The total value of residential property sales simultaneously slumped by some 37% - from R204,7bn in 2006 to R150bn in 2010. It's nevertheless encouraging to see that sales volumes and values recovered some losses last year after housing activity hit an 11-year low in 2009.

Eskom cuts subsidy on solar heaters
Eskom will reduce its subsidy on solar water heaters because the response from 60 000 homeowners has meant that the utility is running out of money to keep paying the subsidy. Eskom planned to have one million solar water heaters installed in South Africa.

Eskom subsidised just 60,000 geysers in one year and at that rate it will take the utility 17 years to reach its target of a million installations.

The subsidy on imported geysers is higher than those on locally manufactured ones. The average subsidy on an imported 300-litre high-pressure geyser is R7 470 down from R9 960. The subsidy on locally made geysers with 80% local content is R8 964.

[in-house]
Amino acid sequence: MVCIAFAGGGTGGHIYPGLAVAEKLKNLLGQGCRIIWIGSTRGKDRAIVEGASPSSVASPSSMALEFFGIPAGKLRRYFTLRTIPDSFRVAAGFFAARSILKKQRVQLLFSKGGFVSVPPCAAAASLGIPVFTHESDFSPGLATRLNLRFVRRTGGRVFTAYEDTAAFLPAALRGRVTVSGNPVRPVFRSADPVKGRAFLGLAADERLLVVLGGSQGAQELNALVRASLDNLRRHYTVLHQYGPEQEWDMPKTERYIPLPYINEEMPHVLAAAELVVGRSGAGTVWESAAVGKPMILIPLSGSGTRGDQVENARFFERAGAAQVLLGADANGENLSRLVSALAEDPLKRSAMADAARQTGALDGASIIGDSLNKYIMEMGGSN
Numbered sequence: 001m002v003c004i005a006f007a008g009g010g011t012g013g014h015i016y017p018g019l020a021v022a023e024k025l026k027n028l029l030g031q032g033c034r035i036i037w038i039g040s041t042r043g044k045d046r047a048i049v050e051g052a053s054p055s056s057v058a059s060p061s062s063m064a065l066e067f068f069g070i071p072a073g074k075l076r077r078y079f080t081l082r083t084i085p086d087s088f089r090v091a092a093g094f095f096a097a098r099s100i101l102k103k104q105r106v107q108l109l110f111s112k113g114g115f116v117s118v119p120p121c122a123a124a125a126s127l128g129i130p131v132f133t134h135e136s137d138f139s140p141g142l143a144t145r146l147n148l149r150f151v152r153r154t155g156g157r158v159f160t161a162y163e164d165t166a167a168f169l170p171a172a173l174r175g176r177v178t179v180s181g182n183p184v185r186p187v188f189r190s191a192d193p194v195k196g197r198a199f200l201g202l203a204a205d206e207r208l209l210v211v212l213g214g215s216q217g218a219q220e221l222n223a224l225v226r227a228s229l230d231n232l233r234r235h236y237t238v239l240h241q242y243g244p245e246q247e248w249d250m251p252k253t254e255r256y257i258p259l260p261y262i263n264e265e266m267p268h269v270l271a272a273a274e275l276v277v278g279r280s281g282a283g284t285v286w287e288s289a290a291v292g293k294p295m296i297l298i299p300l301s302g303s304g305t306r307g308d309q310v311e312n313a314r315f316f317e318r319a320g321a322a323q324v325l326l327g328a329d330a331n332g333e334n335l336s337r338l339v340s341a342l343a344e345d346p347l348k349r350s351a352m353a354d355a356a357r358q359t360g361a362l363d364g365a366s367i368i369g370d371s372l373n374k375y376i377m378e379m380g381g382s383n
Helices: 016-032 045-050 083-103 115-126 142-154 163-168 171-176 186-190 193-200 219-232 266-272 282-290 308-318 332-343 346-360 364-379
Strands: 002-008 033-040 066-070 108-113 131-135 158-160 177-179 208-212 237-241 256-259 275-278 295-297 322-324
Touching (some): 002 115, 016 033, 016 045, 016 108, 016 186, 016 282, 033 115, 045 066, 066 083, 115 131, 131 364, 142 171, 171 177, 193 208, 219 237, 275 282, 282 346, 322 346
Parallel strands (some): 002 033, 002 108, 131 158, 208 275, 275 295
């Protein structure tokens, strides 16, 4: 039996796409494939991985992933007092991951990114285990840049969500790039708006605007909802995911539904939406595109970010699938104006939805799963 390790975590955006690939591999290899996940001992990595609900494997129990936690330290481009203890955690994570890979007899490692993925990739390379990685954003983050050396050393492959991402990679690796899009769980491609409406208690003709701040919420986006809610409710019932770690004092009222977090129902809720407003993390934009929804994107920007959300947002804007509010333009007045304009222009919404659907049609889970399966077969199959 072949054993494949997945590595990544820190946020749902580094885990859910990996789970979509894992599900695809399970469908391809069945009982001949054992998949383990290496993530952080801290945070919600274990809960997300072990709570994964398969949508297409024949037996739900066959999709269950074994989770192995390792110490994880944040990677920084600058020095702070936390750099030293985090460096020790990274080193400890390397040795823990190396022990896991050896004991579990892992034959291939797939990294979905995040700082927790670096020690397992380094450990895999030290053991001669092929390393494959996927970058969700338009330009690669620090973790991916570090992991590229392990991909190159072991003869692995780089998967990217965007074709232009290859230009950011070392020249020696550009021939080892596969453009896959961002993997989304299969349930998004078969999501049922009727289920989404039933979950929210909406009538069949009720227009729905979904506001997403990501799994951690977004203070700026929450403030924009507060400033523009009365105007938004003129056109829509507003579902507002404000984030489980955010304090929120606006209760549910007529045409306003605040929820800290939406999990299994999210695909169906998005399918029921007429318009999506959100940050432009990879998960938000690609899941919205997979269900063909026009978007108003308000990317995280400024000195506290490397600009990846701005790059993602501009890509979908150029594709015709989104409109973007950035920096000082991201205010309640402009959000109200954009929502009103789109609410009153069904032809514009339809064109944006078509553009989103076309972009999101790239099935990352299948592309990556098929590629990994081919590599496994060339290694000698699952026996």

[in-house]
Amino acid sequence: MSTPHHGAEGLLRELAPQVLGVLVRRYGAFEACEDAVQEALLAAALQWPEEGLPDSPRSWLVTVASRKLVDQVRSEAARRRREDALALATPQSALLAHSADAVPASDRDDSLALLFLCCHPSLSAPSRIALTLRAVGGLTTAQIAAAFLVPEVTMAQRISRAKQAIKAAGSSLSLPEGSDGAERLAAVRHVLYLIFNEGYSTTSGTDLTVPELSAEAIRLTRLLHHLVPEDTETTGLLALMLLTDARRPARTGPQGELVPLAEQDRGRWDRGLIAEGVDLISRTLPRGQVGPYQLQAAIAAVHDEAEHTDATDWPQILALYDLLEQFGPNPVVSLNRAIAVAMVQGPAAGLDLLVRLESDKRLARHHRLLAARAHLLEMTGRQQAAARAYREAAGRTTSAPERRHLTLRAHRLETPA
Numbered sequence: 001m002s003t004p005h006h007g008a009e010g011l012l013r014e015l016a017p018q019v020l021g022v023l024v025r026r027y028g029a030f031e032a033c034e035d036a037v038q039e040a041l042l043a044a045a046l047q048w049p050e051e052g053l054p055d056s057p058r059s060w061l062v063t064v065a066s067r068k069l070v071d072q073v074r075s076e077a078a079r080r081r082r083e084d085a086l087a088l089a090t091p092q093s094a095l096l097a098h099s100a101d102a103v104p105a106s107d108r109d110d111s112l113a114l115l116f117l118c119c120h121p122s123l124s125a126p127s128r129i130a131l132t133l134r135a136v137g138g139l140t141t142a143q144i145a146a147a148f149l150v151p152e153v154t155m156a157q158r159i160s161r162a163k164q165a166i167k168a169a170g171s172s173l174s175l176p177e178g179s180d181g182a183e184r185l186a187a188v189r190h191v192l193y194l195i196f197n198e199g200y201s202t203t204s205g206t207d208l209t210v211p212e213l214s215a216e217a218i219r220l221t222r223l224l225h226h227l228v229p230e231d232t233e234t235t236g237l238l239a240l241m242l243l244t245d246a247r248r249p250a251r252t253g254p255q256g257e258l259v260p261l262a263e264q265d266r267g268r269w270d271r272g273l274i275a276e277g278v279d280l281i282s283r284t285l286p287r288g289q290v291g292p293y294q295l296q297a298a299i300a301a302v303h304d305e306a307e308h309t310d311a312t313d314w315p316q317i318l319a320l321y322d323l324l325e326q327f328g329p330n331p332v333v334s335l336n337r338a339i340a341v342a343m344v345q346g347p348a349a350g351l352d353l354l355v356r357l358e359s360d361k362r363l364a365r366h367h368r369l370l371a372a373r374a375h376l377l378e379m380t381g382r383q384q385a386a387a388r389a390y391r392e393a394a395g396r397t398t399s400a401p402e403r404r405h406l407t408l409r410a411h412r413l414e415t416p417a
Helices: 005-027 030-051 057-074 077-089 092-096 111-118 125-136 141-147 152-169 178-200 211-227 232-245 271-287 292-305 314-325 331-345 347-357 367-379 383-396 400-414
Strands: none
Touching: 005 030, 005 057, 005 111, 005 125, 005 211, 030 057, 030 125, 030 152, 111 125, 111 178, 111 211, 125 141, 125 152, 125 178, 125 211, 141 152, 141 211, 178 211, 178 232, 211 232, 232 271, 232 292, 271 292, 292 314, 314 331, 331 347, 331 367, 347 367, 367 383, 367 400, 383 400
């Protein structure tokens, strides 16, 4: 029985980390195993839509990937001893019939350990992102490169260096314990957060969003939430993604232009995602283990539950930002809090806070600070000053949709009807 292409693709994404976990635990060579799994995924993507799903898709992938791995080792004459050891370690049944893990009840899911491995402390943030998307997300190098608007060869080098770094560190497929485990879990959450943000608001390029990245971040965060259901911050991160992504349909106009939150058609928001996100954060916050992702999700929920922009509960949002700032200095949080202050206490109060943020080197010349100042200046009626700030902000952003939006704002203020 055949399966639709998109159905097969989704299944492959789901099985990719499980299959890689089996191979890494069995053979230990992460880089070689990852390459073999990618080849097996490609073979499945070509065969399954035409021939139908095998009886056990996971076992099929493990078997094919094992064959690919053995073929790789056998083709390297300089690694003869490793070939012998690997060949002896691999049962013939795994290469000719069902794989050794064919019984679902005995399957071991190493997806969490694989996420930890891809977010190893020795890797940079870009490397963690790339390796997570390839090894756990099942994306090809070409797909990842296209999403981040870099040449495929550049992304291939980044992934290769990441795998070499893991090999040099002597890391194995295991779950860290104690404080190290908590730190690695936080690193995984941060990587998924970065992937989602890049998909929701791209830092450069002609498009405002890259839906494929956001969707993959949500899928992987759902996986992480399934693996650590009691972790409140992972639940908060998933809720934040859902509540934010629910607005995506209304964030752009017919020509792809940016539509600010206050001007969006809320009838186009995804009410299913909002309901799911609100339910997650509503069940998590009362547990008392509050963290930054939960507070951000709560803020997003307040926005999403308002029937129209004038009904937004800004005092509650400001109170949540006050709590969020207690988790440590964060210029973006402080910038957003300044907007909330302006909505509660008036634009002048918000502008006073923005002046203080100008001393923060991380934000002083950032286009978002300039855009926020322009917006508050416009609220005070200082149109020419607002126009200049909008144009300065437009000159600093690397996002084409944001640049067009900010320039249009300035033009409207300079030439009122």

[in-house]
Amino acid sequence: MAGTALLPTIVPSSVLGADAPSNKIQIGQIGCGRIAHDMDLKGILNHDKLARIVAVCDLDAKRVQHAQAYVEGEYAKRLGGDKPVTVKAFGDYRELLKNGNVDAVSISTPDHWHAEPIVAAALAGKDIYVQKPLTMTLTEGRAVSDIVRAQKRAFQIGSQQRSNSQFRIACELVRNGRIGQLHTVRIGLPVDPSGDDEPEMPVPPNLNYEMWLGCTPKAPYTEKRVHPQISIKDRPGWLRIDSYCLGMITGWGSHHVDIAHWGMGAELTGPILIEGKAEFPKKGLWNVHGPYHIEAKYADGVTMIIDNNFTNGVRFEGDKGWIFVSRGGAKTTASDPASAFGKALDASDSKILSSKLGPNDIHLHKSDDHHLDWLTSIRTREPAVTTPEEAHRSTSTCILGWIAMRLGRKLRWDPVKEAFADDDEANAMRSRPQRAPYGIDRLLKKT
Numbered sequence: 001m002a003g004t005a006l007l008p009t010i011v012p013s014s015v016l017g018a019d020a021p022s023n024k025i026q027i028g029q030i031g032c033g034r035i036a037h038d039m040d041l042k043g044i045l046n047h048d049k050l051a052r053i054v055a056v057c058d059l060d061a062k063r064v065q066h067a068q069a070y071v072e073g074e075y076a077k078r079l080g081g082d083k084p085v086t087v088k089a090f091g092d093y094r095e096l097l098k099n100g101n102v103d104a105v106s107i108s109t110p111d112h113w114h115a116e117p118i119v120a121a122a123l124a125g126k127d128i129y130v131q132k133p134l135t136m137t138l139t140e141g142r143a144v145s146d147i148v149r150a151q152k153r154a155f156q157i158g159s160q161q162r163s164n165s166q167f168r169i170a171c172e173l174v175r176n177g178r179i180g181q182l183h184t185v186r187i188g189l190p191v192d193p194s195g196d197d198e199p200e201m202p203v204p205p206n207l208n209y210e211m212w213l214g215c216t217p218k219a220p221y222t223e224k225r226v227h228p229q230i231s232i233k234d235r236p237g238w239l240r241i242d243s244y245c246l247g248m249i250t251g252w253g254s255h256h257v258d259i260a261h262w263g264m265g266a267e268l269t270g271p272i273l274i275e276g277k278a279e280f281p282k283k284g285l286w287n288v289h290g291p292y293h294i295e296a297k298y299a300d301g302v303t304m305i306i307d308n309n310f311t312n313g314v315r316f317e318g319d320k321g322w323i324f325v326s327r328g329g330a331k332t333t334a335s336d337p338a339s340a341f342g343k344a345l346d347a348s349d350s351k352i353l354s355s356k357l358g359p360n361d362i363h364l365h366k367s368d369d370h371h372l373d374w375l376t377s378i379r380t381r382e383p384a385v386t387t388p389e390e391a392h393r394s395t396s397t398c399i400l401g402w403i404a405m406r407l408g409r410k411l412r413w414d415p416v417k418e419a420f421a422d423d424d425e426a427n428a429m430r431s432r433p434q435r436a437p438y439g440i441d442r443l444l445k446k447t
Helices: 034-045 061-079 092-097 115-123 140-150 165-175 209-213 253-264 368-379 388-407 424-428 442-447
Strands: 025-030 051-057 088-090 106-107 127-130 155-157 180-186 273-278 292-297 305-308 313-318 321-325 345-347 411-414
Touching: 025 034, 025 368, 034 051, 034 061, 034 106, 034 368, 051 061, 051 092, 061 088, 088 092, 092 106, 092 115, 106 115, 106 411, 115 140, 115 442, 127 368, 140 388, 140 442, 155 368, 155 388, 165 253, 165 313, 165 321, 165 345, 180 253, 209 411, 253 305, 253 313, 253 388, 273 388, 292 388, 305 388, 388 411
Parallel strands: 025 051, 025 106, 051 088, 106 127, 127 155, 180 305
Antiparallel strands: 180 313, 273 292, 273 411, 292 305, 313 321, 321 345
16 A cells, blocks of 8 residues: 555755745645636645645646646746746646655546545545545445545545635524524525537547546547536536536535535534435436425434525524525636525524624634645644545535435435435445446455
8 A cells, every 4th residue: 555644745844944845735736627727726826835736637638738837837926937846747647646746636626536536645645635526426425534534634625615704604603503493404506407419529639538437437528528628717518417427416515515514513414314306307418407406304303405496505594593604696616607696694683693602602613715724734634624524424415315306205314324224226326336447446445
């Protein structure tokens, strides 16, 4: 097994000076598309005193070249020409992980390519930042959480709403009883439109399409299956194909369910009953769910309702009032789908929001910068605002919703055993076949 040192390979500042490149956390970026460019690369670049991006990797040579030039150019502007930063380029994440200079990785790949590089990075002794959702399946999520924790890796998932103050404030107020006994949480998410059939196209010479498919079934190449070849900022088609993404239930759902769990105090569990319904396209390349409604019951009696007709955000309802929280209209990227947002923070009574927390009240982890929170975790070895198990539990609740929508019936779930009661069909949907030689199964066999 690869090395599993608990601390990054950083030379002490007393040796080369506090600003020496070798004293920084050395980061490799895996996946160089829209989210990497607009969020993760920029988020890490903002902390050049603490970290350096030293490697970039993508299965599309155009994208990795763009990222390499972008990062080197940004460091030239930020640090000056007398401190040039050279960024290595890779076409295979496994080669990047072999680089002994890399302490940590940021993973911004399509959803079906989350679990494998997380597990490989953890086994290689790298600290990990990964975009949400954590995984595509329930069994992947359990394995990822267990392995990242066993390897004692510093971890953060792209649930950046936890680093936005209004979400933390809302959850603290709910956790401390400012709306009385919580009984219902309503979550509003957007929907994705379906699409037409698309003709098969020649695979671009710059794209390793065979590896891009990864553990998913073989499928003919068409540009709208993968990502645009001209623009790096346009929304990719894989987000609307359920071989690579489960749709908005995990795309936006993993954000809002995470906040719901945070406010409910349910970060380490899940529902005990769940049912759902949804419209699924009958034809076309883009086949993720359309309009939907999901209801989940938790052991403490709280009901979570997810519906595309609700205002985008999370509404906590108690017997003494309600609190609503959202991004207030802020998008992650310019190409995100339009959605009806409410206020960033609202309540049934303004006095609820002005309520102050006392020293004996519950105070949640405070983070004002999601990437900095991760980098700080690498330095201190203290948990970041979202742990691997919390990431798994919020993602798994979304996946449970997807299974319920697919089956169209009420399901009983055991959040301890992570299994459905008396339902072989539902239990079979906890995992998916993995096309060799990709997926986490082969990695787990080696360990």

Eskom introduced the subsidies in 2008 to stimulate the installation of solar geysers and so save energy after sustained blackouts rolled through the country. Eskom had been hoping to install about a million solar water heaters by 2013 but in the first two years, just 2 000 homeowners had installed the solar systems.

Special courts for default judgments
Special courts are being set up to hear cases involving defaulting homeowners who are behind with their monthly payments. Judge President Willem van der Merwe issued a practice note to legal firms informing them how these courts will work.

The decision follows a recent Constitutional Court ruling declaring it unconstitutional for a registrar of the High Court to grant a default judgment to bank or to issue a Writ of Execution.

The practice had been widely used by banks - particularly against low-income homeowners - to gain a default judgment or execute a judgment against property owners who were behind on their bond repayments.

Judge van der Merwe's practice note says that a number of special courts will be set up to deal with applications for a default judgment. This will start operating this week.